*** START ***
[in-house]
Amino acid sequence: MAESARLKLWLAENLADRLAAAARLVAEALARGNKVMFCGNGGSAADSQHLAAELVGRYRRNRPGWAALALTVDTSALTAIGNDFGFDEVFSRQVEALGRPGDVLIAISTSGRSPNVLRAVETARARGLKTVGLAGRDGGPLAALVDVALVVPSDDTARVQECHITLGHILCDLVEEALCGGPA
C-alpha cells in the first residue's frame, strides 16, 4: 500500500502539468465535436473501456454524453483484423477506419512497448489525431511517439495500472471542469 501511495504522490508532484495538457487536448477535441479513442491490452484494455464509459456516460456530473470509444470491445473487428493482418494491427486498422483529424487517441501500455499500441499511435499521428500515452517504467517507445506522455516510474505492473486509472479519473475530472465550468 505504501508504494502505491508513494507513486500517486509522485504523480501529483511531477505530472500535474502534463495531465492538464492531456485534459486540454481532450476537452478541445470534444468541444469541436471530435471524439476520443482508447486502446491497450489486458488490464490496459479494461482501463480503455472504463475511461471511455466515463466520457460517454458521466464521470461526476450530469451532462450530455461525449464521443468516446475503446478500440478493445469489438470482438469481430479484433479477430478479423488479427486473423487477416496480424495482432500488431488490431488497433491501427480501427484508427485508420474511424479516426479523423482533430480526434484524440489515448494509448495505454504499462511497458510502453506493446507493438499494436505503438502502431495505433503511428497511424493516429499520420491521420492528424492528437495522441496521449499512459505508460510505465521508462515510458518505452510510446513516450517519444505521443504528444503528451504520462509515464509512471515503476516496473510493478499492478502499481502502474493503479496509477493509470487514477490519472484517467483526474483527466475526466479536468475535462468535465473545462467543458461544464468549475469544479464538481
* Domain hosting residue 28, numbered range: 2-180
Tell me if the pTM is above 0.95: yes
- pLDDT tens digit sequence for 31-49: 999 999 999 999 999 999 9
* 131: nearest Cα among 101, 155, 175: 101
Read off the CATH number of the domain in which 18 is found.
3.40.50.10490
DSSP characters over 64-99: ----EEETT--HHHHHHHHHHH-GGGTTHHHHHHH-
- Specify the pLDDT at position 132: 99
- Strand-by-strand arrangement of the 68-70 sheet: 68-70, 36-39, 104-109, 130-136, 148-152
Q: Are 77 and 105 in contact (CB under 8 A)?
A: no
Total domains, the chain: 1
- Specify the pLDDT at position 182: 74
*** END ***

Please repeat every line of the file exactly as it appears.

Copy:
[in-house]
Amino acid sequence: MAESARLKLWLAENLADRLAAAARLVAEALARGNKVMFCGNGGSAADSQHLAAELVGRYRRNRPGWAALALTVDTSALTAIGNDFGFDEVFSRQVEALGRPGDVLIAISTSGRSPNVLRAVETARARGLKTVGLAGRDGGPLAALVDVALVVPSDDTARVQECHITLGHILCDLVEEALCGGPA
C-alpha cells in the first residue's frame, strides 16, 4: 500500500502539468465535436473501456454524453483484423477506419512497448489525431511517439495500472471542469 501511495504522490508532484495538457487536448477535441479513442491490452484494455464509459456516460456530473470509444470491445473487428493482418494491427486498422483529424487517441501500455499500441499511435499521428500515452517504467517507445506522455516510474505492473486509472479519473475530472465550468 505504501508504494502505491508513494507513486500517486509522485504523480501529483511531477505530472500535474502534463495531465492538464492531456485534459486540454481532450476537452478541445470534444468541444469541436471530435471524439476520443482508447486502446491497450489486458488490464490496459479494461482501463480503455472504463475511461471511455466515463466520457460517454458521466464521470461526476450530469451532462450530455461525449464521443468516446475503446478500440478493445469489438470482438469481430479484433479477430478479423488479427486473423487477416496480424495482432500488431488490431488497433491501427480501427484508427485508420474511424479516426479523423482533430480526434484524440489515448494509448495505454504499462511497458510502453506493446507493438499494436505503438502502431495505433503511428497511424493516429499520420491521420492528424492528437495522441496521449499512459505508460510505465521508462515510458518505452510510446513516450517519444505521443504528444503528451504520462509515464509512471515503476516496473510493478499492478502499481502502474493503479496509477493509470487514477490519472484517467483526474483527466475526466479536468475535462468535465473545462467543458461544464468549475469544479464538481
* Domain hosting residue 28, numbered range: 2-180
Tell me if the pTM is above 0.95: yes
- pLDDT tens digit sequence for 31-49: 999 999 999 999 999 999 9
* 131: nearest Cα among 101, 155, 175: 101
Read off the CATH number of the domain in which 18 is found.
3.40.50.10490
DSSP characters over 64-99: ----EEETT--HHHHHHHHHHH-GGGTTHHHHHHH-
- Specify the pLDDT at position 132: 99
- Strand-by-strand arrangement of the 68-70 sheet: 68-70, 36-39, 104-109, 130-136, 148-152
Q: Are 77 and 105 in contact (CB under 8 A)?
A: no
Total domains, the chain: 1
- Specify the pLDDT at position 182: 74